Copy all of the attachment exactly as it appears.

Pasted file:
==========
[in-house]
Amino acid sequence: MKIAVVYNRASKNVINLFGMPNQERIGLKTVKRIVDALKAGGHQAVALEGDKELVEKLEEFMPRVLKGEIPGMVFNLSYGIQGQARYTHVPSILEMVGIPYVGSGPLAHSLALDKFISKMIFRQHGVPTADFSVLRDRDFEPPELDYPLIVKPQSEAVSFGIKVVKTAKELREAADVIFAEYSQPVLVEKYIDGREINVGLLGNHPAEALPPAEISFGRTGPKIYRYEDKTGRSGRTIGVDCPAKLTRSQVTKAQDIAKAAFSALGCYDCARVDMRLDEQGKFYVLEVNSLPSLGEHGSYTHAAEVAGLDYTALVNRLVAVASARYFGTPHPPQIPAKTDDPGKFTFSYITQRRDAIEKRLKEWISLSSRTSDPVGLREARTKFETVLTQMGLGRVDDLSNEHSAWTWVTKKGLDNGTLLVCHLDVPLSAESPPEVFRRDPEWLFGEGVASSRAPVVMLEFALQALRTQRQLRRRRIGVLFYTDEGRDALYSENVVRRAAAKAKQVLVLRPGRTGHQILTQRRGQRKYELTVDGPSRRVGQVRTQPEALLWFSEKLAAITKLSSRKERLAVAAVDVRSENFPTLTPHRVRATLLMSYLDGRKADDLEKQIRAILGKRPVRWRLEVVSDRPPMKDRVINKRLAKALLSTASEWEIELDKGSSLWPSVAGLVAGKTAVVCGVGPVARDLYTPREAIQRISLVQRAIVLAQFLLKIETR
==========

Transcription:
[in-house]
Amino acid sequence: MKIAVVYNRASKNVINLFGMPNQERIGLKTVKRIVDALKAGGHQAVALEGDKELVEKLEEFMPRVLKGEIPGMVFNLSYGIQGQARYTHVPSILEMVGIPYVGSGPLAHSLALDKFISKMIFRQHGVPTADFSVLRDRDFEPPELDYPLIVKPQSEAVSFGIKVVKTAKELREAADVIFAEYSQPVLVEKYIDGREINVGLLGNHPAEALPPAEISFGRTGPKIYRYEDKTGRSGRTIGVDCPAKLTRSQVTKAQDIAKAAFSALGCYDCARVDMRLDEQGKFYVLEVNSLPSLGEHGSYTHAAEVAGLDYTALVNRLVAVASARYFGTPHPPQIPAKTDDPGKFTFSYITQRRDAIEKRLKEWISLSSRTSDPVGLREARTKFETVLTQMGLGRVDDLSNEHSAWTWVTKKGLDNGTLLVCHLDVPLSAESPPEVFRRDPEWLFGEGVASSRAPVVMLEFALQALRTQRQLRRRRIGVLFYTDEGRDALYSENVVRRAAAKAKQVLVLRPGRTGHQILTQRRGQRKYELTVDGPSRRVGQVRTQPEALLWFSEKLAAITKLSSRKERLAVAAVDVRSENFPTLTPHRVRATLLMSYLDGRKADDLEKQIRAILGKRPVRWRLEVVSDRPPMKDRVINKRLAKALLSTASEWEIELDKGSSLWPSVAGLVAGKTAVVCGVGPVARDLYTPREAIQRISLVQRAIVLAQFLLKIETR